-LeVert produced a negative offensive BPM in each of his first three seasons before posting a +0.1 this season. He made up for that progress by dropping to a -0.7 in defensive BPM on the season. He had previously only produced a number between 0 and 0.5 there. His career averages in those two categories (-0.6 and 0.0, respectively), match up pretty well with Connaughton’s (-1.0 and 0.5).
-LeVert has posted a VORP between 0.3 and 0.6 in each of his four seasons. That’s fine production, but it doesn’t scream “third option on a win-now team”.
-The Nets have been roughly even with LeVert on the court versus on the bench (-0.2 on-off split).
Let’s look at things in a different way. LeVert this season became the 39th player in NBA history to score at least 17 points per game in a season where they posted at most 0.05 win shares per 48 minutes, at most a 0.5 VORP, and a negative BPM. These are completely arbitrary baselines based on LeVert’s own numbers, so he’s at or near the top of the list in each of the three advanced stats. Comparing LeVert’s season to the other thirty-eight should give us an idea of a solid player comparison.
The first name on this list to pop out is 20 year old Devin Booker, but that doesn’t really apply to LeVert for two reasons. One, he’s 25. Two, he’s just not the natural shooter and playmaker that Booker is. There’s not much reason to believe LeVert has a Booker-like ceiling even though they both made this list.
The second would be Monta Ellis (23 and 24 years old), who is more comparable in age but also scored more than LeVert, including 25.5 points per game as a 24 year old.
That leaves two good contemporary comparisons: Andrew Wiggins (22 and 23 years old) and Tim Hardaway Jr (26 years old). Wiggins had more hype coming into the league than the two Michigan men, but all three could be put in roughly the same boat in terms of game and production. Wiggins and Hardaway Jr. are probably pretty good models for LeVert, but would any of these three be good enough to be the third option on a title team? The honest answer is that we don’t know. None of these guys have been anywhere close to being in that situation, and they won’t be until LeVert takes a stab at it with Durant and Irving next season, barring an improbable title run from Luka, Porzingis, and the Mavs this season. That said, I would probably have to lean towards no. The third option on past title teams has been better than these three, and I don’t know if it’s all that close.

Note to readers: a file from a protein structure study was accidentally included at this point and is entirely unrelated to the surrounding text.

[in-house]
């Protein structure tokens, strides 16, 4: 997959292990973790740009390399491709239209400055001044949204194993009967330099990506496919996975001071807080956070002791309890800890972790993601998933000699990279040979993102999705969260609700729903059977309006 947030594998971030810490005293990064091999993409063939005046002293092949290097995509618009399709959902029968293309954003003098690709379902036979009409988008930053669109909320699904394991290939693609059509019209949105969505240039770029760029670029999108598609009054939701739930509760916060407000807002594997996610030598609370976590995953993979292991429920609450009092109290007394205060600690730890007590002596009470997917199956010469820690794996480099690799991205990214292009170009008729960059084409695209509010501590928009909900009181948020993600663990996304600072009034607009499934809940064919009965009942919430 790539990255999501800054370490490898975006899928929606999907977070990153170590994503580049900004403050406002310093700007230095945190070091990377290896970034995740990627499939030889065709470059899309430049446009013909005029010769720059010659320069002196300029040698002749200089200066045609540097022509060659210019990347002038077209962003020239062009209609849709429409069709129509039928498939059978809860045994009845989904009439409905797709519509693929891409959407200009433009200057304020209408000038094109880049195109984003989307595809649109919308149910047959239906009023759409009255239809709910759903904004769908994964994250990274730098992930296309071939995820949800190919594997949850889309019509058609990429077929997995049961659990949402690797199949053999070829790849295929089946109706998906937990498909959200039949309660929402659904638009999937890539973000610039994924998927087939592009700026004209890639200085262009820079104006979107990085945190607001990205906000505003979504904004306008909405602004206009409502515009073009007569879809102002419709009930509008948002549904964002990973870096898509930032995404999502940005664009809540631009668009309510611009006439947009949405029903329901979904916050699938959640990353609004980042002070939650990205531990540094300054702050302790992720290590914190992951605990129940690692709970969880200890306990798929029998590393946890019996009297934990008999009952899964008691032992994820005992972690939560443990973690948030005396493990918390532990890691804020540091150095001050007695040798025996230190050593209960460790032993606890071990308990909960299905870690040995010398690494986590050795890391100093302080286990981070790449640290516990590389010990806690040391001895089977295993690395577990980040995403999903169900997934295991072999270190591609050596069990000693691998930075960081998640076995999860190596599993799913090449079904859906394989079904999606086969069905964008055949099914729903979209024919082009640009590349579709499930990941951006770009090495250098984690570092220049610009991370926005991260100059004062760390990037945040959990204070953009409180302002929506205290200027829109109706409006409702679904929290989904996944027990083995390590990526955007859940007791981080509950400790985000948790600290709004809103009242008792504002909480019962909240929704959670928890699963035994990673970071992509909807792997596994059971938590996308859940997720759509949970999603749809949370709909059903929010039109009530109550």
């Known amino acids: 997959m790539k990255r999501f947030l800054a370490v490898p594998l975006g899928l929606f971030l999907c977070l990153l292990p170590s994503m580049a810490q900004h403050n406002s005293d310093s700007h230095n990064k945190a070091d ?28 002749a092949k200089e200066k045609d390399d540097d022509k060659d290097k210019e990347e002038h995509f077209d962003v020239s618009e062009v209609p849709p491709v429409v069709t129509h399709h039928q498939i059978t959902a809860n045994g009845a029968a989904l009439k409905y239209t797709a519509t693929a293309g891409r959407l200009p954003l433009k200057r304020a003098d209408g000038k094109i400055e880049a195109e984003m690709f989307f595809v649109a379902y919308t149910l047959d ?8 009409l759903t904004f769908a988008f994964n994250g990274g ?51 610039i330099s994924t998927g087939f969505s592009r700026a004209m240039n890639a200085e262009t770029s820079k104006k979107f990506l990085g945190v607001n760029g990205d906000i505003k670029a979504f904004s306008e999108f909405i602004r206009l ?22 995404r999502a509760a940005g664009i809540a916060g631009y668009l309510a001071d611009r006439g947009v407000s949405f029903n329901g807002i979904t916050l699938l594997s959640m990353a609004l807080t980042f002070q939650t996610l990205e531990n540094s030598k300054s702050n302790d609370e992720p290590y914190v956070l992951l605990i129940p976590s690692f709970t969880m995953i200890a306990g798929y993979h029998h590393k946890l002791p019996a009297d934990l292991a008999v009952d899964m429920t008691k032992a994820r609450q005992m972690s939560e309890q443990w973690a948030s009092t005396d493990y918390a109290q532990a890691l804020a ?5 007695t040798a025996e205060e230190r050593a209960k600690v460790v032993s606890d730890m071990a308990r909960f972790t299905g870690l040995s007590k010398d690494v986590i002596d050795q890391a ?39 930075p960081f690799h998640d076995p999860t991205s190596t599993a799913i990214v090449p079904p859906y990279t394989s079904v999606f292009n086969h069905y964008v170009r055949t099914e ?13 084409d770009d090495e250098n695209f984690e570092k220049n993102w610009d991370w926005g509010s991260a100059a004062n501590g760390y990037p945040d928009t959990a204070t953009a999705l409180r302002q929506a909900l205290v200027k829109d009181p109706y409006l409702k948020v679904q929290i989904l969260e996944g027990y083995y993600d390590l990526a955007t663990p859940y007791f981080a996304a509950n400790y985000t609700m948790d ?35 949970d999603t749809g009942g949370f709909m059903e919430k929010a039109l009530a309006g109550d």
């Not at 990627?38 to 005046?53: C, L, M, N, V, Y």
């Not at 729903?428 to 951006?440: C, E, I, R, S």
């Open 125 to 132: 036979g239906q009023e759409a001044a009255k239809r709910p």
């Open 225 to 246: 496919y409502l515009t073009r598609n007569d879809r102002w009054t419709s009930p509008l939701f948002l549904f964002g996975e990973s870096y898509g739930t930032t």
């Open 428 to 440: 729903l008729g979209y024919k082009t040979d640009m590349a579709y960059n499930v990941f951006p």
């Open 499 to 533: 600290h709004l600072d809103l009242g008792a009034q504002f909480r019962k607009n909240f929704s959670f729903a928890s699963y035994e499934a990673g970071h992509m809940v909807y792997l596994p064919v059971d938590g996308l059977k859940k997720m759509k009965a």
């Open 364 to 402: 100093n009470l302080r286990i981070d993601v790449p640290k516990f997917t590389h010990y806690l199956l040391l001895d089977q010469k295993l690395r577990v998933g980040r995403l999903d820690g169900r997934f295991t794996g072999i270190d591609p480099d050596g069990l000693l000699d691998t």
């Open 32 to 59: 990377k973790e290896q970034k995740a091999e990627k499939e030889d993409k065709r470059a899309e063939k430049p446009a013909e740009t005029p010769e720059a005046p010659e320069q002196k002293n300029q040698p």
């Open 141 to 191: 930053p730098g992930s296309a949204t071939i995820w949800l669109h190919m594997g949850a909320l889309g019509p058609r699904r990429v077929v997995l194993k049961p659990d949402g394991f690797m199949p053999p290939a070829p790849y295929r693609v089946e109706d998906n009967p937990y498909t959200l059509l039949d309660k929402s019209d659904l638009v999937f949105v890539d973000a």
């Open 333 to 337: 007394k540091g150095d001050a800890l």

The Raptors had Pascal Siakam (or Kyle Lowry depending on how you rank those two), and they only won when two of Golden State’s stars went down. Siakam (even last season) and Lowry are better than LeVert, Wiggins, and Hardaway Jr.
So is Kevin Love, who played alongside Irving and LeBron in what might be a decent comparison to the current Nets team.
That brings us to the Warriors, who had between three and four players (Steph, Klay, Draymond, KD) clearly better than LeVert throughout their run.
We can go back to Chris Bosh with the Heat or Tony Parker and Manu Ginobli with the Spurs, but I think the point is clear. Recent title winners have all had either a really strong third option, a really strong team connection that these Nets don’t seem to have anymore, or both. And all of this is ignoring the fact that the Nets really can’t trust LeVert to be healthy and available throughout a season. If LeVert is the third option, the Nets might fall short. But what about Dinwiddie?
- Dinwiddie has borderline All-Star season
Dinwiddie had a really good year, playing 64 of 64 games, averaging a career-high 20.6 points per game on a 29.2% usage rate, and averaging 6.8 assists as Brooklyn’s primary playmaker for much of the season. His shooting (42/31/78) wasn’t great, but he was probably somewhat overtaxed with Durant, Irving, and LeVert all missing time. His efficiency should go up next year in a role with less pressure and attention from the defense. He also led the Nets in VORP with 1.9 (though Irving would have easily passed him with more games), produced a solid .123 win shares per 48 minutes, posted a respectable PER of 17.9, and was second on the team to Irving in offensive BPM with a 2.6.
Here’s a little more reference on where some of those stats place Dinwiddie:
|Stat||League Rank (among qualified players)|
|Points per game||23rd|
|Assists per game||16th|
|WS per 48||63rd|
That’s a good set of numbers there for Dinwiddie, and they actually compare pretty favorably to Kyle Lowry’s 2019 numbers.
|Stat||League Rank. (among qualified players)|
|Points per game||74th|
|Assists per game||2nd|
|WS per 48||50th|